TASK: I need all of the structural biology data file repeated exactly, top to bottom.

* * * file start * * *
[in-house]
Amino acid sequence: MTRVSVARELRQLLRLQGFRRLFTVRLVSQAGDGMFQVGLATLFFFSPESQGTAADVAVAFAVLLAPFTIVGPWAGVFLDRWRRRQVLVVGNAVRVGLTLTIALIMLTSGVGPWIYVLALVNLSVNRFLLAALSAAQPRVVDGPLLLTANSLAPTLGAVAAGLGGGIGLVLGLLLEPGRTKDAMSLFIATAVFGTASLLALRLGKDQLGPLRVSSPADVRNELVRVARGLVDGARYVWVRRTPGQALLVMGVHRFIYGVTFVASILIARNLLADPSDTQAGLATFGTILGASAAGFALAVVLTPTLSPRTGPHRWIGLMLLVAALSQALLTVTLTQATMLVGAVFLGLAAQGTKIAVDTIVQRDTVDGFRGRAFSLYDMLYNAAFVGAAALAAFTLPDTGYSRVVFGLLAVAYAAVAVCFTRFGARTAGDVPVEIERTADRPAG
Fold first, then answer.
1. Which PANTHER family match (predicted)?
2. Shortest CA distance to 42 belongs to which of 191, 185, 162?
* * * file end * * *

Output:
[in-house]
Amino acid sequence: MTRVSVARELRQLLRLQGFRRLFTVRLVSQAGDGMFQVGLATLFFFSPESQGTAADVAVAFAVLLAPFTIVGPWAGVFLDRWRRRQVLVVGNAVRVGLTLTIALIMLTSGVGPWIYVLALVNLSVNRFLLAALSAAQPRVVDGPLLLTANSLAPTLGAVAAGLGGGIGLVLGLLLEPGRTKDAMSLFIATAVFGTASLLALRLGKDQLGPLRVSSPADVRNELVRVARGLVDGARYVWVRRTPGQALLVMGVHRFIYGVTFVASILIARNLLADPSDTQAGLATFGTILGASAAGFALAVVLTPTLSPRTGPHRWIGLMLLVAALSQALLTVTLTQATMLVGAVFLGLAAQGTKIAVDTIVQRDTVDGFRGRAFSLYDMLYNAAFVGAAALAAFTLPDTGYSRVVFGLLAVAYAAVAVCFTRFGARTAGDVPVEIERTADRPAG
Fold first, then answer.
1. Which PANTHER family match (predicted)?
2. Shortest CA distance to 42 belongs to which of 191, 185, 162?